A controversial penis-shaped sculpture is nothing new for West Auckland, says deputy mayor Penny Hulse.

The Waitakere councillor says a temporary art installation at the Titirangi roundabout several years ago caused a huge furore with people demanding the "phallic" symbols be removed.

But when it came to removing the installation, she said, the community rose up to protect the installation.

Ms Hulse has not seen the $200,000 council-commissioned Transit Cloud sculpture at New Lynn, but encouraged people to look at it as a whole and think of it as a cloud.


One of the four aluminium mesh cloud forms - hanging more than 8m over a lane linking New Lynn's shiny new railway and bus station with the town's library and shopping mall - has stunned residents.

It has variously been called "masculine", "phallic", and a "penis".

Ms Hulse said public art was always controversial and some people did not believe the council should get involved. But that was not the Waitakere way, she said, which firmly believed in public art and had experience with art that was controversial and then loved.

The fuss over the New Lynn sculpture has been likened to that over this Titirangi artwork. Photo / Nick Reed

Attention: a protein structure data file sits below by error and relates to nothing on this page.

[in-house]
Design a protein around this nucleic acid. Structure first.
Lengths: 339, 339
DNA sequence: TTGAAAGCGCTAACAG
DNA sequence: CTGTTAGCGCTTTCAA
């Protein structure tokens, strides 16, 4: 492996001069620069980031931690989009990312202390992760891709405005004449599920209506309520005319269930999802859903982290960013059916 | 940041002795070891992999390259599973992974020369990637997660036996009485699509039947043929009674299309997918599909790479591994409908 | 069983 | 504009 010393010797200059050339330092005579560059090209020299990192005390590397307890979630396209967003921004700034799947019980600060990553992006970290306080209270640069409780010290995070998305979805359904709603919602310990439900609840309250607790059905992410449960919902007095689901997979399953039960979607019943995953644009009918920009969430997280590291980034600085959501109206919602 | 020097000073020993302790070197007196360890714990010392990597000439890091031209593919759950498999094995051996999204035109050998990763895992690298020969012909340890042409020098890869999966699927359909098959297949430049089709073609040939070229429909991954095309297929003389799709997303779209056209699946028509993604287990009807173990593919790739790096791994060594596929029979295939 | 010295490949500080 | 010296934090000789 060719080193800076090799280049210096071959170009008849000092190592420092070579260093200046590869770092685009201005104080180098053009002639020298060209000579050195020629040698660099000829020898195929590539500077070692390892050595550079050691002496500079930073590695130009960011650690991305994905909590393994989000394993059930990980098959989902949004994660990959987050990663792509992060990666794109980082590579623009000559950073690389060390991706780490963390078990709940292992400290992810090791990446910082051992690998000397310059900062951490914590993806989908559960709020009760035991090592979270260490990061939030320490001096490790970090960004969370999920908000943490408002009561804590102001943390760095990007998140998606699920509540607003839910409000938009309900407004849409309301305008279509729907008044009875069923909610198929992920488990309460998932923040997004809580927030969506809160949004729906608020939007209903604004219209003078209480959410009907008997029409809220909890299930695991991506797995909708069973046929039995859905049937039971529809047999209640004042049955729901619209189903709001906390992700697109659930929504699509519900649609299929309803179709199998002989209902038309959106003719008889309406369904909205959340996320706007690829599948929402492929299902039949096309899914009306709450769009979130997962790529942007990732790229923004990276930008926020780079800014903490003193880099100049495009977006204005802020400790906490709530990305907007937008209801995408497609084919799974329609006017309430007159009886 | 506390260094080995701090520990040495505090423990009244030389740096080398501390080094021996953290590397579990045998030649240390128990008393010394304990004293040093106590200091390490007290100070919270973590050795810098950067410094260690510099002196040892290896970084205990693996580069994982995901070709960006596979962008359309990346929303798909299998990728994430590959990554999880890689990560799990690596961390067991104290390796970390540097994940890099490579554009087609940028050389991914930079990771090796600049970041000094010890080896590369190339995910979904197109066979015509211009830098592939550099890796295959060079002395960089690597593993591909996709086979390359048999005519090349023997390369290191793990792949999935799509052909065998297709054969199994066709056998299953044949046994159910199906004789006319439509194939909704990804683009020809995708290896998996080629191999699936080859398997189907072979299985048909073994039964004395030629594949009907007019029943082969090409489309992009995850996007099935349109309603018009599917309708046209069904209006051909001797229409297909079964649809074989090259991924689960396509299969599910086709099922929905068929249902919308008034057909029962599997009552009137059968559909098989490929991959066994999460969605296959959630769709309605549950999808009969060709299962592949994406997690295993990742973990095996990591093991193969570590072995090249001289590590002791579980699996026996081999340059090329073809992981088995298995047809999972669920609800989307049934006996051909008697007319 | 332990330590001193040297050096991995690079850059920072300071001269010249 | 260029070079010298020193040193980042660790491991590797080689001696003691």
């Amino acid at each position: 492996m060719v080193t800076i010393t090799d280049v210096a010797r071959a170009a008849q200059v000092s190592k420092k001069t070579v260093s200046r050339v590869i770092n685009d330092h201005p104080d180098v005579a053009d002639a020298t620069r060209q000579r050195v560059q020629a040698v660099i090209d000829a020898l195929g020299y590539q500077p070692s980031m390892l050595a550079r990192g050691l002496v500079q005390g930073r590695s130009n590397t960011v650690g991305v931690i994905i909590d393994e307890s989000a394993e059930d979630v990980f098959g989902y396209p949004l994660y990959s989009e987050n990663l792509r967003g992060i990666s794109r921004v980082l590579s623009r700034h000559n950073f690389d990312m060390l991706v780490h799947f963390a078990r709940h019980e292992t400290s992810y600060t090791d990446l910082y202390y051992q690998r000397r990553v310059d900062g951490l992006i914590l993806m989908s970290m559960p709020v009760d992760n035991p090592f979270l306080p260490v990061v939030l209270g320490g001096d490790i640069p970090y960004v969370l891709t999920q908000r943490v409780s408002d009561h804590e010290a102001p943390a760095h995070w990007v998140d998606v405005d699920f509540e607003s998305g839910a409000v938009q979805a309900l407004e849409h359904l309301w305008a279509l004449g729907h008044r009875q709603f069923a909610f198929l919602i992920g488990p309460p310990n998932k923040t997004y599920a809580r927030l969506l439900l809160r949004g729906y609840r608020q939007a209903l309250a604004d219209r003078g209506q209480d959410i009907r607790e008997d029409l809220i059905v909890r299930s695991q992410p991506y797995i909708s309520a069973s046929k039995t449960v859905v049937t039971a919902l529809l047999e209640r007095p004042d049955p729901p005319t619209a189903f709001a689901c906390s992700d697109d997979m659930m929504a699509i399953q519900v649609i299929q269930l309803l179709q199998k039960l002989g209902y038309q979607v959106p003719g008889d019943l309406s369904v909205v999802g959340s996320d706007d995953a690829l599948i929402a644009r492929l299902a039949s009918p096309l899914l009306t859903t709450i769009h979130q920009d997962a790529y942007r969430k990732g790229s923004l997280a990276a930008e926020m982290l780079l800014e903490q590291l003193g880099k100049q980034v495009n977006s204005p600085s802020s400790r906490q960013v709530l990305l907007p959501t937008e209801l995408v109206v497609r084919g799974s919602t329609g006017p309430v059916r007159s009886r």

The fuss over the New Lynn sculpture has been likened to that over this Titirangi artwork. Photo / Nick Reed

Sculptor Gregor Kregar, who with his artist wife Sara Hughes and architect Davor Popadich created the work, said it was never intended to create a large phallic image in the sky.

Whau Local Board chairwoman Catherine Farmer said the sculpture was the work of the council's regional arts body, not the local board.

She said the board was briefed on the concept in the last term of the council and before Christmas, as part of the resource consent application, saw an image similar to one in the Herald of the artwork lit up in Kregar's studio.

"The images were not representative of what we see now," Ms Farmer said.

She said once 50m of neon lights in each of the cloud forms were connected, the sculpture could look quite different.


"Public art is important in our town centres and the local board is supportive of artwork generally as a way enlivening our perceptions," Ms Farmer said.

A council spokeswoman said no complaints had been received about the sculpture.